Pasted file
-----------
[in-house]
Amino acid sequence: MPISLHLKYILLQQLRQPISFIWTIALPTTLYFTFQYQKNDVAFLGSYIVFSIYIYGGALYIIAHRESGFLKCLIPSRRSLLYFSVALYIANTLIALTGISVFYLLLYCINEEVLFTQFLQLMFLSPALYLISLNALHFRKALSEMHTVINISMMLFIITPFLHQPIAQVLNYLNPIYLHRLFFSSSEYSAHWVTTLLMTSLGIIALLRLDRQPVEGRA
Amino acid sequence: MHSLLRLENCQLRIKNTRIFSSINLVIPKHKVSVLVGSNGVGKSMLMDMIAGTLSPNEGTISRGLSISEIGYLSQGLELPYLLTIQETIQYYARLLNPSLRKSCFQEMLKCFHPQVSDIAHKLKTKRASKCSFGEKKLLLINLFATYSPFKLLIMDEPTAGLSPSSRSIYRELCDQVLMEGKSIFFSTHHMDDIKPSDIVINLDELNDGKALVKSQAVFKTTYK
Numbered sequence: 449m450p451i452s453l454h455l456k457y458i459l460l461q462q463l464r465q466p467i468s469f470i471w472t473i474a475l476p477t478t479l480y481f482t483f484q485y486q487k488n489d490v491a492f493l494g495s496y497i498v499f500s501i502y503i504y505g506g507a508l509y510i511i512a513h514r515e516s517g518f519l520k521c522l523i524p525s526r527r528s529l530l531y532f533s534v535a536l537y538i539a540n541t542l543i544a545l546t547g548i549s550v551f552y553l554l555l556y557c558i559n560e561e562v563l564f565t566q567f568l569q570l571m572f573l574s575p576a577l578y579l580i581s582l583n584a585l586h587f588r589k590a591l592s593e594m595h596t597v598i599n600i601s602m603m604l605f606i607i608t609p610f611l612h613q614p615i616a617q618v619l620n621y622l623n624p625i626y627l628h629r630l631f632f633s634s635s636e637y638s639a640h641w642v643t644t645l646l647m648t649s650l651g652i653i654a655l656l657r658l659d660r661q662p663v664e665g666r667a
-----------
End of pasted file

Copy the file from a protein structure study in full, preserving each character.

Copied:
[in-house]
Amino acid sequence: MPISLHLKYILLQQLRQPISFIWTIALPTTLYFTFQYQKNDVAFLGSYIVFSIYIYGGALYIIAHRESGFLKCLIPSRRSLLYFSVALYIANTLIALTGISVFYLLLYCINEEVLFTQFLQLMFLSPALYLISLNALHFRKALSEMHTVINISMMLFIITPFLHQPIAQVLNYLNPIYLHRLFFSSSEYSAHWVTTLLMTSLGIIALLRLDRQPVEGRA
Amino acid sequence: MHSLLRLENCQLRIKNTRIFSSINLVIPKHKVSVLVGSNGVGKSMLMDMIAGTLSPNEGTISRGLSISEIGYLSQGLELPYLLTIQETIQYYARLLNPSLRKSCFQEMLKCFHPQVSDIAHKLKTKRASKCSFGEKKLLLINLFATYSPFKLLIMDEPTAGLSPSSRSIYRELCDQVLMEGKSIFFSTHHMDDIKPSDIVINLDELNDGKALVKSQAVFKTTYK
Numbered sequence: 449m450p451i452s453l454h455l456k457y458i459l460l461q462q463l464r465q466p467i468s469f470i471w472t473i474a475l476p477t478t479l480y481f482t483f484q485y486q487k488n489d490v491a492f493l494g495s496y497i498v499f500s501i502y503i504y505g506g507a508l509y510i511i512a513h514r515e516s517g518f519l520k521c522l523i524p525s526r527r528s529l530l531y532f533s534v535a536l537y538i539a540n541t542l543i544a545l546t547g548i549s550v551f552y553l554l555l556y557c558i559n560e561e562v563l564f565t566q567f568l569q570l571m572f573l574s575p576a577l578y579l580i581s582l583n584a585l586h587f588r589k590a591l592s593e594m595h596t597v598i599n600i601s602m603m604l605f606i607i608t609p610f611l612h613q614p615i616a617q618v619l620n621y622l623n624p625i626y627l628h629r630l631f632f633s634s635s636e637y638s639a640h641w642v643t644t645l646l647m648t649s650l651g652i653i654a655l656l657r658l659d660r661q662p663v664e665g666r667a